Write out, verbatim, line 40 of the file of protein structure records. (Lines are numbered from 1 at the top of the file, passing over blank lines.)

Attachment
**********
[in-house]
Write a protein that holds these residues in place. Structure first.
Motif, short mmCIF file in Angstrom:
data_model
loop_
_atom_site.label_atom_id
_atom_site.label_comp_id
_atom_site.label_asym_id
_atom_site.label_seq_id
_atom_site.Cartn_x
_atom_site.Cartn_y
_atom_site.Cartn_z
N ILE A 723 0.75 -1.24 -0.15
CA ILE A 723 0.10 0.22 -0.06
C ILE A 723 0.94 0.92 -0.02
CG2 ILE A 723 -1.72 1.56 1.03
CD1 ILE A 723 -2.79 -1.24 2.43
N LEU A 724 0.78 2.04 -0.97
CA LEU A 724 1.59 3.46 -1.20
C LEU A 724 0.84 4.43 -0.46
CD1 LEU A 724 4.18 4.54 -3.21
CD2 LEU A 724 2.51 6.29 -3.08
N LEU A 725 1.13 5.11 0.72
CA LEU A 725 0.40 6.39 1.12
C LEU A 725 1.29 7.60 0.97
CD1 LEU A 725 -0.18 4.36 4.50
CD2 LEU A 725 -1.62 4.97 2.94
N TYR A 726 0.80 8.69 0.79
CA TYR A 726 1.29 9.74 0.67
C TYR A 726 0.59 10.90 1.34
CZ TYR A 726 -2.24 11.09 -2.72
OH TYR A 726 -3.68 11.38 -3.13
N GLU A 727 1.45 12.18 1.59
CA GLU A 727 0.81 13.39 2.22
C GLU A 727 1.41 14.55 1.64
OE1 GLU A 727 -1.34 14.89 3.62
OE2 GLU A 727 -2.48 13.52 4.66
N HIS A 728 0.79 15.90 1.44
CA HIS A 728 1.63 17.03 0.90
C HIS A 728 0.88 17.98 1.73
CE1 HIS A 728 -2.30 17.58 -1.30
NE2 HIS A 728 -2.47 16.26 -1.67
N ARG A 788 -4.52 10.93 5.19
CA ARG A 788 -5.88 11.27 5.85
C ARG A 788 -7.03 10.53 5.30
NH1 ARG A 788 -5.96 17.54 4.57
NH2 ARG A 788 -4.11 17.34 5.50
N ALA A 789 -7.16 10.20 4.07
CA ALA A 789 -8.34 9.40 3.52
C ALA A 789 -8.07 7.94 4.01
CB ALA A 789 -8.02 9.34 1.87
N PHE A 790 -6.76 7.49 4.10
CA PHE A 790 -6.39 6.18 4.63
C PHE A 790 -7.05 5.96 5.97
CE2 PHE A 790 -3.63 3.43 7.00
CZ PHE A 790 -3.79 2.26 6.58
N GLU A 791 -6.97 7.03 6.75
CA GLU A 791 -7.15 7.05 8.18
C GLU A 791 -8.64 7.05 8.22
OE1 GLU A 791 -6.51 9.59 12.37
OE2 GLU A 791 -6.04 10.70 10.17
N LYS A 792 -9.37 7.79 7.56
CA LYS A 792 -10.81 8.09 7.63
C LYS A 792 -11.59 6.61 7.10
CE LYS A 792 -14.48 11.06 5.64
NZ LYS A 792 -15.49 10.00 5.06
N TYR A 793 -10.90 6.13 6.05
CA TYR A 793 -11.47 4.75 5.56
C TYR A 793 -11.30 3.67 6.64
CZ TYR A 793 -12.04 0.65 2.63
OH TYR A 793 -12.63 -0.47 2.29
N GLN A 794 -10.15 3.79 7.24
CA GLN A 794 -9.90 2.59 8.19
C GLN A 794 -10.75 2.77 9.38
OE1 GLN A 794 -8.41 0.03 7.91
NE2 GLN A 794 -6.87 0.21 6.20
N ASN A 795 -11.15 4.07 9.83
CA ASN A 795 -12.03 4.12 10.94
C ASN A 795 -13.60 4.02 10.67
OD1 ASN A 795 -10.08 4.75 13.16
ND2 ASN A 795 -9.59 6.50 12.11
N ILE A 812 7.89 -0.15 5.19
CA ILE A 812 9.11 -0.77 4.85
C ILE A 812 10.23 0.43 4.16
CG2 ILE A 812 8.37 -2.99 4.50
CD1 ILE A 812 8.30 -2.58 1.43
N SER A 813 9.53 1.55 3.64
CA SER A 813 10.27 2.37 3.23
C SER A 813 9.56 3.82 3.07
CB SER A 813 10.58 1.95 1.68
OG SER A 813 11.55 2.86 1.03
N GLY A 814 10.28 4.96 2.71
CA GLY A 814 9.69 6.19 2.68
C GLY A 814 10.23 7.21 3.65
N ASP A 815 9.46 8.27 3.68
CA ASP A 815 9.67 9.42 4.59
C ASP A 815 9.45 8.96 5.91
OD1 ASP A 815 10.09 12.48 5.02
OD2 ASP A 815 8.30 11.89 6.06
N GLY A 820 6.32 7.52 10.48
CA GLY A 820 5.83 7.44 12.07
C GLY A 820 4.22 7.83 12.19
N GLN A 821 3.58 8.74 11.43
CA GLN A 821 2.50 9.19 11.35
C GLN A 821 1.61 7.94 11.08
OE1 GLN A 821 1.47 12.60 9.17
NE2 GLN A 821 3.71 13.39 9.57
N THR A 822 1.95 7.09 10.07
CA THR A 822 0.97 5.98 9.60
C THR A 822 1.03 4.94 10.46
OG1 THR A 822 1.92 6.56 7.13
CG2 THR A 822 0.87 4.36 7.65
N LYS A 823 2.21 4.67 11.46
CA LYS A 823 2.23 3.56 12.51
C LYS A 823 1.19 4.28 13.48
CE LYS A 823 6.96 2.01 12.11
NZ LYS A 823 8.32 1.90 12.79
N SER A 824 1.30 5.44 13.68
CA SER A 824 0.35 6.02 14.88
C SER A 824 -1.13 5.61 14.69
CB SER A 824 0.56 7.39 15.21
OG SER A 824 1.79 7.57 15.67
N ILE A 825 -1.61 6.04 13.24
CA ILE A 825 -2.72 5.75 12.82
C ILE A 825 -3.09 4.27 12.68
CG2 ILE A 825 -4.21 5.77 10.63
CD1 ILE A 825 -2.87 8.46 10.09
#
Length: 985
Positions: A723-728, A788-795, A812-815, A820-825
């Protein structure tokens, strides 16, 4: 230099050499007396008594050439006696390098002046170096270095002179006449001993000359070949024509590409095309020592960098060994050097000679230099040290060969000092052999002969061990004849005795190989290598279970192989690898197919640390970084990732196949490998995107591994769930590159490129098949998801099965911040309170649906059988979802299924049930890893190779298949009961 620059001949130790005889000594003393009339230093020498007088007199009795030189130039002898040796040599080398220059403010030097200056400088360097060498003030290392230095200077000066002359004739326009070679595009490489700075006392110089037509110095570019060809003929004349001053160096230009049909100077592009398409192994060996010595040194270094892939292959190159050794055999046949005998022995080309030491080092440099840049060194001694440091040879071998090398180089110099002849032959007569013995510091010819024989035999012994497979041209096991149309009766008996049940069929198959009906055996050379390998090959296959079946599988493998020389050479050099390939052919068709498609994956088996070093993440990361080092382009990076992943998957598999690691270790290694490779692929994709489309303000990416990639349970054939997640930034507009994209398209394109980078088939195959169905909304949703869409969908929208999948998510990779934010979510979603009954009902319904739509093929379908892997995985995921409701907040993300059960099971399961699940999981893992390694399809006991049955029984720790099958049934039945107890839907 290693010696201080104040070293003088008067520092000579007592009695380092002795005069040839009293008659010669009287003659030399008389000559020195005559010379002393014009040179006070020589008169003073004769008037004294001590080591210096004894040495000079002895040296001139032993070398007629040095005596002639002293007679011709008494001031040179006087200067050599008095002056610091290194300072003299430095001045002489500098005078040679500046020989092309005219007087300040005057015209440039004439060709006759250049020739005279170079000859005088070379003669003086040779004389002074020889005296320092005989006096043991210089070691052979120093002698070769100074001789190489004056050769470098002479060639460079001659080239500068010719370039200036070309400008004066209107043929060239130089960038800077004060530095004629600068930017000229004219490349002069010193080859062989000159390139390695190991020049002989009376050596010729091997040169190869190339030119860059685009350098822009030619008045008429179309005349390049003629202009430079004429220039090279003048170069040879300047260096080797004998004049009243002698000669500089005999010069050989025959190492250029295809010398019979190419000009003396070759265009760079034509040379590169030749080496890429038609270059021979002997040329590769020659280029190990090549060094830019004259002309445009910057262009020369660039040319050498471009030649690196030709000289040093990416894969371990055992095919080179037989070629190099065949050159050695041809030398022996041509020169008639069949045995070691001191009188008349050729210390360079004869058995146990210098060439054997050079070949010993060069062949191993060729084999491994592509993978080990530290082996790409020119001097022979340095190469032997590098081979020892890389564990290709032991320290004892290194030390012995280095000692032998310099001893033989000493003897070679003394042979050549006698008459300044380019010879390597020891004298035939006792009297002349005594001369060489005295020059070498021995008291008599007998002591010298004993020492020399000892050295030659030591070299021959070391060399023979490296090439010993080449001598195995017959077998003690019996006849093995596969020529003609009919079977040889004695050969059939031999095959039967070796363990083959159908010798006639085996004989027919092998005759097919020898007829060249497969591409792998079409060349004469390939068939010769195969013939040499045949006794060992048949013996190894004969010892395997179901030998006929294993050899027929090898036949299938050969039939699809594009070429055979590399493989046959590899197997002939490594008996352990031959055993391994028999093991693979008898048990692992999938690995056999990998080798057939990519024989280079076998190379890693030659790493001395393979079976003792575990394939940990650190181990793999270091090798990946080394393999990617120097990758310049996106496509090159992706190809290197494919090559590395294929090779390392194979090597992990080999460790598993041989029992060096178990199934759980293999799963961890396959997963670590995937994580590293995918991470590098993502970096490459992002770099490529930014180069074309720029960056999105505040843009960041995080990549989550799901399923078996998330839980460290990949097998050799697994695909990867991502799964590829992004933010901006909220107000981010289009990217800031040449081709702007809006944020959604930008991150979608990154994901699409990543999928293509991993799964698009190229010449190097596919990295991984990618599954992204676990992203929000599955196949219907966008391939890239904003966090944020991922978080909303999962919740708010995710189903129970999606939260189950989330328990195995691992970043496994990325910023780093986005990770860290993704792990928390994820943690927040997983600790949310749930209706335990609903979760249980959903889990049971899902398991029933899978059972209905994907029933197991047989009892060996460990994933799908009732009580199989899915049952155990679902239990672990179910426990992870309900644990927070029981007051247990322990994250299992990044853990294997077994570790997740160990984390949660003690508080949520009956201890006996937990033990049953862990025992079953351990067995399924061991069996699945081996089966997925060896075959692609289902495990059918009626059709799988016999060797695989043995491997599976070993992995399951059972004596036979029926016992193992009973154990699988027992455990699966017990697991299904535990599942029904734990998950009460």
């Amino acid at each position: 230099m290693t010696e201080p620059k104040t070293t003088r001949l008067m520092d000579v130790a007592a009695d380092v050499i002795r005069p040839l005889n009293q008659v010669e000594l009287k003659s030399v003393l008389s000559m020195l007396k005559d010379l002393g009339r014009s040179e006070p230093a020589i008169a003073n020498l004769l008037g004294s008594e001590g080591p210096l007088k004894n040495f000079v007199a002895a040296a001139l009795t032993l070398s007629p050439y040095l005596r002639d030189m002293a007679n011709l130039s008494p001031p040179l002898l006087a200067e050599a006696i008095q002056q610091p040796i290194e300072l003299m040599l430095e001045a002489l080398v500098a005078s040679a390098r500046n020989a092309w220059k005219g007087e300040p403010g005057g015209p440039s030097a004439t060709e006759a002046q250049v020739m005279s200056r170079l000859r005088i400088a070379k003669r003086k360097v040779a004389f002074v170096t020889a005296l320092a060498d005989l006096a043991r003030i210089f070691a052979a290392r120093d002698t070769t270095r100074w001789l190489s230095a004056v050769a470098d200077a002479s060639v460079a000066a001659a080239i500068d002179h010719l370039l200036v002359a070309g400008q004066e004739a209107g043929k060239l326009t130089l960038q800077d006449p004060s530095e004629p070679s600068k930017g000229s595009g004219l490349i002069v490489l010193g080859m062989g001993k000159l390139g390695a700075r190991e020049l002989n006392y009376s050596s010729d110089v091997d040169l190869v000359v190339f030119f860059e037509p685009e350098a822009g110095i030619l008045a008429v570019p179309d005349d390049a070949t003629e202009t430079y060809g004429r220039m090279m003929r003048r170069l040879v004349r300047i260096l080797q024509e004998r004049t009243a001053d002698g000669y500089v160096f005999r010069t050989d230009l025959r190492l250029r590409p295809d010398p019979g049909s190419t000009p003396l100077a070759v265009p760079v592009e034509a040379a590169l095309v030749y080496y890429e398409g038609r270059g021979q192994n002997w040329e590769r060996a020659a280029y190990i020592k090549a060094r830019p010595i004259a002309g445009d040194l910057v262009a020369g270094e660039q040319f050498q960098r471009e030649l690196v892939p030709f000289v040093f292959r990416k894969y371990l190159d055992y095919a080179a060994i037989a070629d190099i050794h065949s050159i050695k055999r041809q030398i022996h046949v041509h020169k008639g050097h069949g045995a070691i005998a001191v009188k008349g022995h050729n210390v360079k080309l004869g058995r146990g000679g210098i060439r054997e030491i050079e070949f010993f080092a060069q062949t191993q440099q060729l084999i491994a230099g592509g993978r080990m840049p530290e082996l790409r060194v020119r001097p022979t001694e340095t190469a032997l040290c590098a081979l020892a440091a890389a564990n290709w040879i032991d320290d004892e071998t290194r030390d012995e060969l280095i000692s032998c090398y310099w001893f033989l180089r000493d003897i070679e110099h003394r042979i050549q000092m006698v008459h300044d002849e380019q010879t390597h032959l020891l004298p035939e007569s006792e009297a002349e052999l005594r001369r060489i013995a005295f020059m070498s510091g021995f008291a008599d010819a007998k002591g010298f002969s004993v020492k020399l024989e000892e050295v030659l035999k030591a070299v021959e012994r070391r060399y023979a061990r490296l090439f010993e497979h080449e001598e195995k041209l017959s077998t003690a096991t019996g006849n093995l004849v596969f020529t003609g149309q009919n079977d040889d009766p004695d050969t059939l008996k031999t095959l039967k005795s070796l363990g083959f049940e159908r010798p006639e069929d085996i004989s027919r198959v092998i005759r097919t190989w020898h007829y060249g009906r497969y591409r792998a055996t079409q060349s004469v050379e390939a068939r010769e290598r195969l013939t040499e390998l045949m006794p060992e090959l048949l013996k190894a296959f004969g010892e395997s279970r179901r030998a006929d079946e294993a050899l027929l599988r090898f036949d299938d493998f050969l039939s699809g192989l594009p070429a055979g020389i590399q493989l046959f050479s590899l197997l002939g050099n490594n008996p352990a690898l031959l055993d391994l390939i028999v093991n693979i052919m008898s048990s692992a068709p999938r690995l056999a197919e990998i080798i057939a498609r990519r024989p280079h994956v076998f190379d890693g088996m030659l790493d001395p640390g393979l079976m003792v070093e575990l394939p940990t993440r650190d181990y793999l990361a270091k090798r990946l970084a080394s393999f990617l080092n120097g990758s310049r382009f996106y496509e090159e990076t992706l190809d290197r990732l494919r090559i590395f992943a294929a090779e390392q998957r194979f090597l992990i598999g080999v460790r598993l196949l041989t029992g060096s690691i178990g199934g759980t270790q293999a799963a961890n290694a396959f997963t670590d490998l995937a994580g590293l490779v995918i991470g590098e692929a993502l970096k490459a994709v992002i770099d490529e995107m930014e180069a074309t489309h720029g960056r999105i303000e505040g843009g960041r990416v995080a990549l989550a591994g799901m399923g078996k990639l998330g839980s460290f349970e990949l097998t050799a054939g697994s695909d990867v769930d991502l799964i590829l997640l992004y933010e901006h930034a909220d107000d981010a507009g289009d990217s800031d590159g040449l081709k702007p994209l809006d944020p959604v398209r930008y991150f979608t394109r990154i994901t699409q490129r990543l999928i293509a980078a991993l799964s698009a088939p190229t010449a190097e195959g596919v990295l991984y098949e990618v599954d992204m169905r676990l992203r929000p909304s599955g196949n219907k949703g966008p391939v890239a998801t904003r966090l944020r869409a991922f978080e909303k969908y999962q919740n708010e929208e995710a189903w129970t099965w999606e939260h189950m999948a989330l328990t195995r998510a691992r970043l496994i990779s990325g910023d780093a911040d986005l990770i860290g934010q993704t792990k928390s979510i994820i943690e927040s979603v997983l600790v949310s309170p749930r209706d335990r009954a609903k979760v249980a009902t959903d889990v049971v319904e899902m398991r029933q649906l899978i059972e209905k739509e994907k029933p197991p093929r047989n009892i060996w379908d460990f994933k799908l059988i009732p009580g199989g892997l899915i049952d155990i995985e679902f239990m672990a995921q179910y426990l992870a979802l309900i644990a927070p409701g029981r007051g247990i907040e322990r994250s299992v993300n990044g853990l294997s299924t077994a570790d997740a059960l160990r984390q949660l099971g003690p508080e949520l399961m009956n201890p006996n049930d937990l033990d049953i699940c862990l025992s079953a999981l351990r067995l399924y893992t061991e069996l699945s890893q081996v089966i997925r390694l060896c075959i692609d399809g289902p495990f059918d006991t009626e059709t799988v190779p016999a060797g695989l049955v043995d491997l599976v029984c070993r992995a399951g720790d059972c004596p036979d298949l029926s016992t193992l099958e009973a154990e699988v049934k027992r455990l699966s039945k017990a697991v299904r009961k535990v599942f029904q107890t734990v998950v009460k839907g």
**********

C HIS A 728 0.88 17.98 1.73